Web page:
HIGHER REPETITIONS FOR BUILDING MUSCLE MASS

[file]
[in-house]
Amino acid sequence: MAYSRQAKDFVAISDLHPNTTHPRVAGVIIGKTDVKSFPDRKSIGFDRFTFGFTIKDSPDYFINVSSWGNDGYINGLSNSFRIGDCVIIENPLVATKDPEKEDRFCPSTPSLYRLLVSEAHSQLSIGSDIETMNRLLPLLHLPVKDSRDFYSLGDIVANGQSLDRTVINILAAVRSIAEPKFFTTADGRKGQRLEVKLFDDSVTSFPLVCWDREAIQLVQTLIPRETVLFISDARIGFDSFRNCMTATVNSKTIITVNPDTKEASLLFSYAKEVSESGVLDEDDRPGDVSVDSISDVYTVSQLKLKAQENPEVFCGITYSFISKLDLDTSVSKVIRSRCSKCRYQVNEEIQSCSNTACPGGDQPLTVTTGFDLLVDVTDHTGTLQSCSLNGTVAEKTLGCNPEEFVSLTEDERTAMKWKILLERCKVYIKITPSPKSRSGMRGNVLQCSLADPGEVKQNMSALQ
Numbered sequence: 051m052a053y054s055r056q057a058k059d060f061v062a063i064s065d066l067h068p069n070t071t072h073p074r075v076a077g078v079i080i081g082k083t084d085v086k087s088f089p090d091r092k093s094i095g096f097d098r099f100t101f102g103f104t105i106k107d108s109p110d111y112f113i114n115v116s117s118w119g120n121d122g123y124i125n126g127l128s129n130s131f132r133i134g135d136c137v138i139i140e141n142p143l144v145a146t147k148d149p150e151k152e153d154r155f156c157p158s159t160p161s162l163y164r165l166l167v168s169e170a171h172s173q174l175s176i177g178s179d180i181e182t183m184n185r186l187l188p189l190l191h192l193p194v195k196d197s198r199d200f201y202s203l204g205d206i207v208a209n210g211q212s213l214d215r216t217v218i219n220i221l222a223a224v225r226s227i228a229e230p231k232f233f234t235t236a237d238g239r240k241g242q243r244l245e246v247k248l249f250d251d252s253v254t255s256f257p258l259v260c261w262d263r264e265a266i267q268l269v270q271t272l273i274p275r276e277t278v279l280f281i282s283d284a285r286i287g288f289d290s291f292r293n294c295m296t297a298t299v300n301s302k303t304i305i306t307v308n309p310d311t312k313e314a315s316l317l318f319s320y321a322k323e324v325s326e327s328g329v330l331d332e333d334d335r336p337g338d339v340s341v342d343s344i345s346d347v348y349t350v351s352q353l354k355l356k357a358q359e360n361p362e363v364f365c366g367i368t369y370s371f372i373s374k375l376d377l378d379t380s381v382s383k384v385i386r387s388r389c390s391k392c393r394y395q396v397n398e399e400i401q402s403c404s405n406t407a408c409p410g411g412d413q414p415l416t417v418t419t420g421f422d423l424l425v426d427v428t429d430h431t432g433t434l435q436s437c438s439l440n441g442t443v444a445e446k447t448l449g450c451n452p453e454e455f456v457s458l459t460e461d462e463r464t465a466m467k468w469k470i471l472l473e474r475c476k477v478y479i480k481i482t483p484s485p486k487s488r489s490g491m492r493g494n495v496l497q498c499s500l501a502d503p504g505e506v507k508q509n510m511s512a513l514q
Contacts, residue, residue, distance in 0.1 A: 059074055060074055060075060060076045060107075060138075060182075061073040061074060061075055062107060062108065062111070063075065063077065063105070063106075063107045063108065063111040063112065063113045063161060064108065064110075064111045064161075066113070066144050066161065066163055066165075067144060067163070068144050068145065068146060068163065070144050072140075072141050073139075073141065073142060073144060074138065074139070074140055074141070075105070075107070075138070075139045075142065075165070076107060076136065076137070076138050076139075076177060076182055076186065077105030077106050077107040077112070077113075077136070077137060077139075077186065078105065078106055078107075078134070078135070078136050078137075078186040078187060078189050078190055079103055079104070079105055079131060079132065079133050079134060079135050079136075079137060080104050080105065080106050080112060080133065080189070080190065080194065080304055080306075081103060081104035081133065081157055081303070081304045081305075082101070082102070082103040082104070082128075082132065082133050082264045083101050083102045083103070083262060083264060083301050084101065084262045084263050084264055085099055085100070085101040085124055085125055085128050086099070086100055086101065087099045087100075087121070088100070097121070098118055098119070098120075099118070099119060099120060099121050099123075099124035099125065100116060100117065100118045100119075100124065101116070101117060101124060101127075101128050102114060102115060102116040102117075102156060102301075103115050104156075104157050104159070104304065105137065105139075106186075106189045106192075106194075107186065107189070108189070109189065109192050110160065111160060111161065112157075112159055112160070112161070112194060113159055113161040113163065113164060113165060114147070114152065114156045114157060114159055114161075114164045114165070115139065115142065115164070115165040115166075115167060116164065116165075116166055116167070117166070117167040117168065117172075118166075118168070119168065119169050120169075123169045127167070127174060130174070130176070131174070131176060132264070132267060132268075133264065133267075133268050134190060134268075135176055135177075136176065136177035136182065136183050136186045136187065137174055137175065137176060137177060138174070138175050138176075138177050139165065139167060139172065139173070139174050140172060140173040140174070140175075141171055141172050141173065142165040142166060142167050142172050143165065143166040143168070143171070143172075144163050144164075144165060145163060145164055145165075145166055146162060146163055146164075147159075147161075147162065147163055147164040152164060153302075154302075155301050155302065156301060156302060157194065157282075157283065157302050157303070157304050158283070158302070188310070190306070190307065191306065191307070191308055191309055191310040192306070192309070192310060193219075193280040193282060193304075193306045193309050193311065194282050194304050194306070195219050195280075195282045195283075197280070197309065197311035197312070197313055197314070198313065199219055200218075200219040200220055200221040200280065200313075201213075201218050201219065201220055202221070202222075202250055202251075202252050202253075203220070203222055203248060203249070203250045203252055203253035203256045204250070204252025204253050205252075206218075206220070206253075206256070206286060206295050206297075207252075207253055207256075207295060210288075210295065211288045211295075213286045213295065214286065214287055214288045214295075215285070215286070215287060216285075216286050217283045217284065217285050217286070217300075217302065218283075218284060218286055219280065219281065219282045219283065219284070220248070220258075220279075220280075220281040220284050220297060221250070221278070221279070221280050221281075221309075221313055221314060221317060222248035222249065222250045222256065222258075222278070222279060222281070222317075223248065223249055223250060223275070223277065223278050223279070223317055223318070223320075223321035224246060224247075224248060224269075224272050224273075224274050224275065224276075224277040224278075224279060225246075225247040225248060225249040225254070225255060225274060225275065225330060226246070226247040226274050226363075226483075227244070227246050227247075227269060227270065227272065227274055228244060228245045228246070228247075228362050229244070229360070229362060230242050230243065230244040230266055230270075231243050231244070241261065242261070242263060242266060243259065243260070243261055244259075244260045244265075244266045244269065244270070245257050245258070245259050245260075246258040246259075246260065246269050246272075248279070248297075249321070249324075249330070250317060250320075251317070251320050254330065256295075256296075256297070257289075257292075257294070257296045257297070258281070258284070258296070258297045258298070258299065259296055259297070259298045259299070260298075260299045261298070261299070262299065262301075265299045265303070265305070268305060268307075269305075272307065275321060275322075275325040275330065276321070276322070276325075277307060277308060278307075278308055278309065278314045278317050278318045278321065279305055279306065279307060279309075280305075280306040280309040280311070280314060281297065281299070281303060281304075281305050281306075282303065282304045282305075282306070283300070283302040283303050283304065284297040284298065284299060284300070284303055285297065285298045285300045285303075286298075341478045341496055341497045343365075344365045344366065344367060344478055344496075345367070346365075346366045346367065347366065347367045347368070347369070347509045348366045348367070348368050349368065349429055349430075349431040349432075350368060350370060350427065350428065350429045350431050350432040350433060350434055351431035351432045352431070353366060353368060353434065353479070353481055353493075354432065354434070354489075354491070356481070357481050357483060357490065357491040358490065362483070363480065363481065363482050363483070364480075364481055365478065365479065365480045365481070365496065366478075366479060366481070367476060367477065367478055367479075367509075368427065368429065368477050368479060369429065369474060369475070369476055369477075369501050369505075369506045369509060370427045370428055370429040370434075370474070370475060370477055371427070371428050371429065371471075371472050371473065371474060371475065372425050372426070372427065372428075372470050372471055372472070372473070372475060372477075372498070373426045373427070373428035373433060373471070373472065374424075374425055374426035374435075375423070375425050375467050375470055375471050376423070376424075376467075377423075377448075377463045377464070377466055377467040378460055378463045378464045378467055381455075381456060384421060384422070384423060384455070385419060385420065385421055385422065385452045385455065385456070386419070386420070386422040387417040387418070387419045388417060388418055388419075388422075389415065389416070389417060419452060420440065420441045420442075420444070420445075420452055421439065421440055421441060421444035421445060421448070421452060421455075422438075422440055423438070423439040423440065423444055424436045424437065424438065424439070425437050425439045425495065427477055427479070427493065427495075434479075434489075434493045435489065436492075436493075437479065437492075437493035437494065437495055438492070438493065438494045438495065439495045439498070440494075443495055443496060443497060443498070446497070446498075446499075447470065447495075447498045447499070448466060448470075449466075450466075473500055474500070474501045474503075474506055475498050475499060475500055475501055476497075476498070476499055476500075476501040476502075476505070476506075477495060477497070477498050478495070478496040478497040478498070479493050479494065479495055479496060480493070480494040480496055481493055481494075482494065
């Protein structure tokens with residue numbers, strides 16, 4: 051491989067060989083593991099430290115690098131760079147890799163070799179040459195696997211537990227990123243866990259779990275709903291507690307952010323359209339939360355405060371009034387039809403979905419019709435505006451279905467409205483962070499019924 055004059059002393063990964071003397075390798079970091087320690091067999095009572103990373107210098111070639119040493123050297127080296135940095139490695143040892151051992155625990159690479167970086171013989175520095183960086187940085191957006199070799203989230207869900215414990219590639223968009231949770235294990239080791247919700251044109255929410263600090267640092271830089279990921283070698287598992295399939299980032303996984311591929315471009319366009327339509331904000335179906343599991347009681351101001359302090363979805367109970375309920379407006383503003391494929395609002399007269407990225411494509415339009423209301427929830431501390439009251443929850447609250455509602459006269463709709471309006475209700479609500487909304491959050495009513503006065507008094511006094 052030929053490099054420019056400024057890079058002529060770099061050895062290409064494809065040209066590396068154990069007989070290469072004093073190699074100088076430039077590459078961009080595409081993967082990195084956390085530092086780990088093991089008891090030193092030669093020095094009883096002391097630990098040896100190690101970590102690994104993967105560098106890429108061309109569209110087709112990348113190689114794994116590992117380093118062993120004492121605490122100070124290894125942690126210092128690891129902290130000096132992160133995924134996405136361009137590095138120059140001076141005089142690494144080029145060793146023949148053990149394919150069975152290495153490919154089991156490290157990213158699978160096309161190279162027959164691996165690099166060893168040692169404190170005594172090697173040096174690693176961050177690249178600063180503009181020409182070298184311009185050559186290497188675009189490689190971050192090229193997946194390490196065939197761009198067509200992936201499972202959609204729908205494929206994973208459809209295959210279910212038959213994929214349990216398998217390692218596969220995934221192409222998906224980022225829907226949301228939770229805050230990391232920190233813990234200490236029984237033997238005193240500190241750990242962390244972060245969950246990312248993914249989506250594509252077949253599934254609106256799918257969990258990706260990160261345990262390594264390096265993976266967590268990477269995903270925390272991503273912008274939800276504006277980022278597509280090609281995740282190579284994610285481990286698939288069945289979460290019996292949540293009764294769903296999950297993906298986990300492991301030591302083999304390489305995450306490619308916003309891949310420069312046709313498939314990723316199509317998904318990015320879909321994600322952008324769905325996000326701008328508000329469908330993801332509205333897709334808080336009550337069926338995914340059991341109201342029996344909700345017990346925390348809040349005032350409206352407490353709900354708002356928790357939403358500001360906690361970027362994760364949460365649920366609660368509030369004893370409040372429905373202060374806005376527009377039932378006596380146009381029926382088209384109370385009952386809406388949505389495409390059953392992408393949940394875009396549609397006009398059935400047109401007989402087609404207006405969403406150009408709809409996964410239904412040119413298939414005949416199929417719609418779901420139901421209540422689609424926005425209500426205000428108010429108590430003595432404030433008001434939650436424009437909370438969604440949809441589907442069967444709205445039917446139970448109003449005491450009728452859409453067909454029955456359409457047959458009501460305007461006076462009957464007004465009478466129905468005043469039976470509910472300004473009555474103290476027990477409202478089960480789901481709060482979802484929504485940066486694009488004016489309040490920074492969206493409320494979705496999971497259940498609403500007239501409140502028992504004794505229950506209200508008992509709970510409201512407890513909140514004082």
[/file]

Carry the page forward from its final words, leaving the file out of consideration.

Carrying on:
If you do weight training to build muscle mass, you may as well use weights that you can do 30 reps with instead of weights that you can only manage 10 reps with, American sports scientist Brad Schoenfeld discovered. But if your aim is strength gain, high reps resistance training is less suitable. Study Schoenfeld did an experiment with 18 young men, who had been doing weight training on average for over three years. Schoenfeld divided the men into two groups, all of whom did a full body workout three times a week for eight weeks. The subjects did seven basic exercises: bench-press, military-press, lat-pulldown, cable-row, squat, leg-press and leg-extension. They did to-failure sets. Half of the subjects trained using weights that were 70-80 percent of the weight at which they could just manage 1 rep [1RM]. Their sets consisted of 8-12 reps. [High load] The other half of the subjects trained using weights that were 30-50 percent of the weight at which they could just manage 1 rep. Their sets consisted of 25-35 reps. [Low load] Results At the end of the eight weeks both groups had gained the same amount of muscle mass. Apparently for muscle mass it makes no difference whether you train with relatively heavy or light weights. The weight with which the subjects could just manage 1 rep [1RM] increased by more in the High load group than in the Low load group. The increase in 1RM for the bench press in the Low load group was not even statistically significant. But by the end of the experiment the subjects in the Low load group were able to perform more reps when they did bench presses with 50 percent of their 1RM. The study showed that the total number of kilograms that the subjects in the High load group were able to shift in a to-failure set with 50 percent of their 1RM actually decreased a tiny amount – but not significantly. Conclusion “Low-load training can be an effective method to increase muscle hypertrophy of the extremities in well-trained men”, Schoenfeld concluded. “The gains in muscle size from low-load training were equal to that achieved with training in a repetition range normally recommended for maximizing muscle hypertrophy.” Yet again science reflecting the truth behind what actually works when it comes to building muscle mass. You don’t need heavy weights to build muscle, and can easily avoid injury by following a more moderate lifting program, with less rest between sets. Reference: J Strength Cond Res. 2015 Apr 3.